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The Ghost Garden by Susan Doherty

Reviewed by Ian Thomas Shaw

Susan Doherty's The Ghost Garden is a tour de force. Not simply because it reaches into the lives of the most marginalized of our society, but also for the deep reflection that she brings to the fundamental question of how we as human beings should treat those whose lives are consumed by schizophrenia and other mental illnesses.

The story revolves around the forty-year struggle of Caroline Evans (a fictive name but a very real person) whom Doherty first knew when they were both children, and with whom Doherty reconnects when she decides to volunteer for the Douglas Institute, Montreal's premier institution for mental illness. Born to a highly respected doctor and his loving wife. Caroline grows up happily with her nine siblings. Her future seems promising until the first symptoms of schizophrenia surface in high school and then become debilitating in her early twenties. At the behest of her sister, one of Doherty's elementary school friends, Doherty begins to extensively interview Caroline to write her story.

With Caroline's cooperation and support from her siblings, Doherty patches together the rising and falling tides of the woman's life, describing in disturbing detail the violence of her many verbal and sometimes physical relapses into extreme delusion. But there are also high points in Caroline's story: the love that she shows for her two sons, her devotion to shattered men, and the generosity that she shows toward her friends, some worse off than she is. Doherty becomes Caroline's voice, drawing the reader to this troubled human being, whose behaviour at times would have many of us cross the street to avoid her and at others, find ourselves drawn to her gregariousness and gentle kindness.

Schizophrenia is not monolithic. And in its various manifestations, it lives side by side with other mental illnesses. Although Caroline's story of paranoid schizophrenia is the backbone of the book, Doherty shares with us the stories of twenty other sufferers of mental illness whom she befriends and helps as a volunteer. These bring insights into how broad the spectrum is and how pervasive these afflictions are in our society.

Each and every one of Doherty's stories is beautifully told. I particularly enjoyed the story of Aleks, the keeper of the ghost garden. At fifty, he has struggled for decades with whether he is a man or a woman, something his strict Croatian mother could never understand or accept. Long past are the days when his youthful beauty attracted many lovers and street drugs provided temporary reprieve from the voices in his head. Obese and heavily medicated most of the time, his only wishes are to be loved by someone and accepted by his mother.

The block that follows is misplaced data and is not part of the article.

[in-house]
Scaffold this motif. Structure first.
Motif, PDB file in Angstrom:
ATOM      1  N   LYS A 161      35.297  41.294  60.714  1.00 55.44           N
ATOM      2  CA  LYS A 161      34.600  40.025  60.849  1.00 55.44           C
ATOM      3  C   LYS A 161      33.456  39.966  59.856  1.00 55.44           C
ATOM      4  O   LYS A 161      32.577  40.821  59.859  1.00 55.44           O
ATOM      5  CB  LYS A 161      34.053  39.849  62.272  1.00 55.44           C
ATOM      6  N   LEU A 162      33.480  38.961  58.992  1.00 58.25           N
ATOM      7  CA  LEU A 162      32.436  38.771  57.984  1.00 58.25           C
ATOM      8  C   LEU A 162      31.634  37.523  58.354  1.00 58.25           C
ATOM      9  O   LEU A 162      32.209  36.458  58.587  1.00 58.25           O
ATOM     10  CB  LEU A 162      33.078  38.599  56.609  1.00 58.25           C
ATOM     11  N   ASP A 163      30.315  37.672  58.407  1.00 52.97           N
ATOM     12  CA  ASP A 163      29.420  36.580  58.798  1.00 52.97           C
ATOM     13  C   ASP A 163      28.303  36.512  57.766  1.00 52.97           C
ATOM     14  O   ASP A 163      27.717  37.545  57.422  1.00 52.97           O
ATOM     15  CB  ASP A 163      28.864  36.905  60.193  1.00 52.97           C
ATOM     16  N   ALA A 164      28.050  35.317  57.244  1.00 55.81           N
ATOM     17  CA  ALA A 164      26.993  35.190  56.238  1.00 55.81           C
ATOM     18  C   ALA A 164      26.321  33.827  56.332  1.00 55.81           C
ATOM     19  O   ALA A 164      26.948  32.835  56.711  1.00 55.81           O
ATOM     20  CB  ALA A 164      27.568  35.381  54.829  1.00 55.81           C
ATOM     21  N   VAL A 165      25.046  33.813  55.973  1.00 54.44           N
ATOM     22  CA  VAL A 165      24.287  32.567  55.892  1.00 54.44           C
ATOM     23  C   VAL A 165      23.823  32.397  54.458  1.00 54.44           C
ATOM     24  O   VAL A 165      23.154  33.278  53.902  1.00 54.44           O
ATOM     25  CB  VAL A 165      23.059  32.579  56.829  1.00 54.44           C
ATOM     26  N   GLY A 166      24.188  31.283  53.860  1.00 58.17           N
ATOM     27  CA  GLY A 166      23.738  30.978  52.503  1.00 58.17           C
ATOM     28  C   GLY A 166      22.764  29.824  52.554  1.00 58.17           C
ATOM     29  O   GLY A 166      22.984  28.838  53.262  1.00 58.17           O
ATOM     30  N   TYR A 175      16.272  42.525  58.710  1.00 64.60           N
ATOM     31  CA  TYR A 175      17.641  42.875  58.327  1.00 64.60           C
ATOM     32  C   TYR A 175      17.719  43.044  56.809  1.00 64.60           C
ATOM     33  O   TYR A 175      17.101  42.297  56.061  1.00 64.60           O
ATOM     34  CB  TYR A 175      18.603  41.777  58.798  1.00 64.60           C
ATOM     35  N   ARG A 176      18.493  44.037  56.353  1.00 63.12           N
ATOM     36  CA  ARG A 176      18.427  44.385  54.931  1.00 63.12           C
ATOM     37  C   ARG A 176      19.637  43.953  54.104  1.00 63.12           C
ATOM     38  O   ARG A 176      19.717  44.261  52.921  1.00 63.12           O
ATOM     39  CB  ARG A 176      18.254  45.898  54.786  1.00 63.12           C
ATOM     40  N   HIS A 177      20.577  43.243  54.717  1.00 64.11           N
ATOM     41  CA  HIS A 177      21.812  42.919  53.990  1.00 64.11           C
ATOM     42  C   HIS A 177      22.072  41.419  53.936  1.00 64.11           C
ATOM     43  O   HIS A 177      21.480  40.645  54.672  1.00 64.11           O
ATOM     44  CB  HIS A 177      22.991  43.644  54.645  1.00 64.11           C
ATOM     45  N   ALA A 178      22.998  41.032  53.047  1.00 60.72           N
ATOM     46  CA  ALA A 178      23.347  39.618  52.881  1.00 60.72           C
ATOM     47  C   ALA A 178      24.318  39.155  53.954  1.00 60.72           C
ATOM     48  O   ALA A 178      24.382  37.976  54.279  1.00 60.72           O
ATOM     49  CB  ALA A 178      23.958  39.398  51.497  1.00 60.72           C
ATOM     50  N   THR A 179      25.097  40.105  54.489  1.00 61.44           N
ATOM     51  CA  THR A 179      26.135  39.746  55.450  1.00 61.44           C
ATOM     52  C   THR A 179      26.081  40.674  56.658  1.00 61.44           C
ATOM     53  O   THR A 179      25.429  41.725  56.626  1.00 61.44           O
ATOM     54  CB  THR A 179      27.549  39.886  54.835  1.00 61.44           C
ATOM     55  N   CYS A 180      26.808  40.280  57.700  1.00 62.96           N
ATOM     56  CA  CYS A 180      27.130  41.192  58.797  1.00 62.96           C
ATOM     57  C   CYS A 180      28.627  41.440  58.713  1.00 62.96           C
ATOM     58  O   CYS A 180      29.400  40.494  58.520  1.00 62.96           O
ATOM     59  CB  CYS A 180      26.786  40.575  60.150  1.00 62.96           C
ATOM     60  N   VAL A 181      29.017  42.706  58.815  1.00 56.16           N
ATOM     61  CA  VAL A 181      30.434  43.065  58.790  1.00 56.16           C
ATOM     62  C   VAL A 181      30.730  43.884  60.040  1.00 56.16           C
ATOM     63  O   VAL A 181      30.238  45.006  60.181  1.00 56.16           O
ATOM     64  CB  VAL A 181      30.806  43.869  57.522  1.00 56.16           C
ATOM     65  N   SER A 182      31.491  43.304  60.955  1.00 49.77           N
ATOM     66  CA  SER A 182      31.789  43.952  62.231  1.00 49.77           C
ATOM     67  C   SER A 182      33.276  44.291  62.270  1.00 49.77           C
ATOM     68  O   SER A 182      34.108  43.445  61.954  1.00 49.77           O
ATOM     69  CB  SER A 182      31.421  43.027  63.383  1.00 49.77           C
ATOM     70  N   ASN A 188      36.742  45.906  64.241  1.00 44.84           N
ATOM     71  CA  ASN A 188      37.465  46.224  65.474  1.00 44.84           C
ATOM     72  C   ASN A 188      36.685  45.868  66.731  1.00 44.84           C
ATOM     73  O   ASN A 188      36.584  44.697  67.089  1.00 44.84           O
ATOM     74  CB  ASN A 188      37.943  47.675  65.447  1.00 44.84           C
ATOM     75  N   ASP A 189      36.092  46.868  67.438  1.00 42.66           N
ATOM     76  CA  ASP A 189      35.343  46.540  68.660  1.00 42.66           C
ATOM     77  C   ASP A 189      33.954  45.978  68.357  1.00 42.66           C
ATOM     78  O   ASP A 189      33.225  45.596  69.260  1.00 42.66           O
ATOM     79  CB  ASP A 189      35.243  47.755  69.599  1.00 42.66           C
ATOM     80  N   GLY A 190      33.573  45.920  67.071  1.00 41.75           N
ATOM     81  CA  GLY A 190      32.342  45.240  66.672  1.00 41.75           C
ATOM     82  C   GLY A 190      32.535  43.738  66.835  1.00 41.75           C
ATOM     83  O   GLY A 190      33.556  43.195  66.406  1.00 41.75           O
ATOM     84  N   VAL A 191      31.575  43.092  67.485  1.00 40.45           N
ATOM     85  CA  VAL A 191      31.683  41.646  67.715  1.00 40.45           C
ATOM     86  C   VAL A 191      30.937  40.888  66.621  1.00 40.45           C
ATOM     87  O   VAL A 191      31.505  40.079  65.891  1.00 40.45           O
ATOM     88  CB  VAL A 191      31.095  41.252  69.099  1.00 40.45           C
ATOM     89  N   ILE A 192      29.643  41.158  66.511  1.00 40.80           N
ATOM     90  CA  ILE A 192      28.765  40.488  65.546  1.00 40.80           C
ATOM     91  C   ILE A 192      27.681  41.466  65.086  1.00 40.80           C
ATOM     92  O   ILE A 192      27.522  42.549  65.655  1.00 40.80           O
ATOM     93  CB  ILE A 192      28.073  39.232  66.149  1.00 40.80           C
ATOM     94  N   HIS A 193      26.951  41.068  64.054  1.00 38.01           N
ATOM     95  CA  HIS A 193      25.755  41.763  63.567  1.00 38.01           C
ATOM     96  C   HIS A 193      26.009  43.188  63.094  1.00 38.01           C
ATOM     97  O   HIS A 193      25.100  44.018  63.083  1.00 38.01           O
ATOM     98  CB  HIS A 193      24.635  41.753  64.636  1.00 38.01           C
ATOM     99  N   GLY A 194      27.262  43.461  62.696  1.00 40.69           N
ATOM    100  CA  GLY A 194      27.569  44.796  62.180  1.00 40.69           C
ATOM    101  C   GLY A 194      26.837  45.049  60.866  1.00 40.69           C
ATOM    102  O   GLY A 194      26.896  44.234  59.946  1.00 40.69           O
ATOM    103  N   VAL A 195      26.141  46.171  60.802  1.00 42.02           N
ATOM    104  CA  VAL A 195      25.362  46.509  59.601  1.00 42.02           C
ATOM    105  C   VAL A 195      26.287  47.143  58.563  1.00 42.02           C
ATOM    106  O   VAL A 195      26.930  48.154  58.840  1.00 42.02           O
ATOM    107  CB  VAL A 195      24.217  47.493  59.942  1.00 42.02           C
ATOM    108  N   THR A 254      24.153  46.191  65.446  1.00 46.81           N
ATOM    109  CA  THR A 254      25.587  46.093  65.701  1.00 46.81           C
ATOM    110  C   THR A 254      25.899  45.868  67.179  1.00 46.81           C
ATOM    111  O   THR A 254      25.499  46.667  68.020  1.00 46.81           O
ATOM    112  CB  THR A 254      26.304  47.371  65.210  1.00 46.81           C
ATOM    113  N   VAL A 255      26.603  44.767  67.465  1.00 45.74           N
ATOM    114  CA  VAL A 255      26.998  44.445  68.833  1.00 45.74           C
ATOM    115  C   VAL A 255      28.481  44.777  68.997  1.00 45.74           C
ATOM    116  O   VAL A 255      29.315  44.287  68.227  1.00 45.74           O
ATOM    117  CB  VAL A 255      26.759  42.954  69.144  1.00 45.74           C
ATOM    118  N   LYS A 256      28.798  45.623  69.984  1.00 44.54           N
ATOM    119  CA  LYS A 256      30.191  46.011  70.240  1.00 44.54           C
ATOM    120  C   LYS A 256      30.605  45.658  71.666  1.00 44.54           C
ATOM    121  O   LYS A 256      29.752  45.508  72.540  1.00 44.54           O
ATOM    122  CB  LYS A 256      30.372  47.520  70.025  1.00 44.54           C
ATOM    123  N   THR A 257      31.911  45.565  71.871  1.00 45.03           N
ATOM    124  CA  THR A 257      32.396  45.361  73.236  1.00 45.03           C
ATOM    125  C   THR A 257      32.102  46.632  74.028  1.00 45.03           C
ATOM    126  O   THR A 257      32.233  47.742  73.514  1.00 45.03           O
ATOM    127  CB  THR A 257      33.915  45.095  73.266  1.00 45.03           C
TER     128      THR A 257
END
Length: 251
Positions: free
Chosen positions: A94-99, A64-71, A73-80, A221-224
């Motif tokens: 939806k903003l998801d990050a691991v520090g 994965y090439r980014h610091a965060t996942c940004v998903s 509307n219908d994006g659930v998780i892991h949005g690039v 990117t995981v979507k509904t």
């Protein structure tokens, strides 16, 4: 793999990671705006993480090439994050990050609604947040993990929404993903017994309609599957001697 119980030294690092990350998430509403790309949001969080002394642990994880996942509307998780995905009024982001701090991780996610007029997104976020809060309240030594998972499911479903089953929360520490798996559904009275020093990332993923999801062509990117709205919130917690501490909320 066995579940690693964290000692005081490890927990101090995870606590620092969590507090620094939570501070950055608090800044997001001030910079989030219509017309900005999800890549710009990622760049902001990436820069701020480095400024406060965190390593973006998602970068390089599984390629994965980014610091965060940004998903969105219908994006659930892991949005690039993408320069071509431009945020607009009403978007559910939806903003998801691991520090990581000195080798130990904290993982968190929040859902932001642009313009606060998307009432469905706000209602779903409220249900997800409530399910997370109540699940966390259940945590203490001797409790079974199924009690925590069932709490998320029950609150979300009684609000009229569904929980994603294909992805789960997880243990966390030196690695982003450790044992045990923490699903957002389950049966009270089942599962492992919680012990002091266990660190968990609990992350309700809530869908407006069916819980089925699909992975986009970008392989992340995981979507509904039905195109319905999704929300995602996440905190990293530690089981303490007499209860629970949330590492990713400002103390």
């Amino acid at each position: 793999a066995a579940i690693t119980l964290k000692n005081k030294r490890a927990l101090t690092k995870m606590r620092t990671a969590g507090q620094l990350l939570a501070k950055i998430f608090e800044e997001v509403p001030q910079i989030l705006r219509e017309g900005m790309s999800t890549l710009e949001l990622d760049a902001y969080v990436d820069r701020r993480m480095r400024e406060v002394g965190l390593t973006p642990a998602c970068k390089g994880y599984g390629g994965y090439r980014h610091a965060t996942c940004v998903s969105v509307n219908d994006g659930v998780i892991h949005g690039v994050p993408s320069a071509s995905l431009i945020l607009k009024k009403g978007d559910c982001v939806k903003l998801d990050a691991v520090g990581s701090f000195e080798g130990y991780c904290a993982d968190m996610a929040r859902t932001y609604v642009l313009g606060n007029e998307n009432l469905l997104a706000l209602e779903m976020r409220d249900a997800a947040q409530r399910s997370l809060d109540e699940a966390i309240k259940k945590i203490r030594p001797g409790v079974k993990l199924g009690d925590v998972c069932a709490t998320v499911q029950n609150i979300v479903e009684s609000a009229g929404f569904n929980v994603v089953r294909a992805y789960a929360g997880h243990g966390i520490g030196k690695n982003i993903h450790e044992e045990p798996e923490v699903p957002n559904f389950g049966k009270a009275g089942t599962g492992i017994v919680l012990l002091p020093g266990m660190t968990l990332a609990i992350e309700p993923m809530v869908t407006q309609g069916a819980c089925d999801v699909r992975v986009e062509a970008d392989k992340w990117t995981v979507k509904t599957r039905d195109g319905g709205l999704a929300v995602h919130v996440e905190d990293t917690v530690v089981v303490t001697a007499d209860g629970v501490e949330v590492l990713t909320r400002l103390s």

Yet, from his drug-induced stupor, he emerges to demonstrate a capacity to comprehend others, perhaps better than they understand themselves. Speaking of the people around him, he says, “I can see them but they pretend they can't see me. I am invisible to the world because people make a conscious choice not to go to the place that feels strange and poor and sick, and they close their eyes.” Later, when this lucidity passes, he tells Doherty of how he has passed the night with the actress Jennifer Love Hewitt, a woman, for whom despite his own gender confusion, he professes profound love. When asked where the encounter took place, he looks into Doherty's eyes and replies, “Susie, I met her in the Ghost Garden. It is where I meet all the souls of the people I love.” Of this encounter, Doherty writes, “So often we see the severely mentally ill as less than fully formed human beings, as ghosts of their “normal” selves. As ghosts, they can appear to be inanimate, unreachable, and frightening, but they like all of us tend an interior garden that is lushly alive.”

Caroline's and Aleks's stories and the many others in Doherty's compelling narrative uncover truths about those we so often disregard, and more importantly, truths about ourselves. Why is it that as a society we so easily dismiss the afflicted to the margins and turn away from them when their need for human connection is as real as for the rest of us? It is a testament to Doherty's skill as a writer that she is able to raise our awareness of how narrow the gap is between them and us, and this done without moralizing or imposing clinical coldness and distance. While there is no doubt that Doherty has arrived as an important Canadian author, perhaps now at the pinnacle of her career, this accomplishment is greatly overshadowed by the elevation of her humanity.

The Ghost Garden is published by Random House Canada and will be released this spring.

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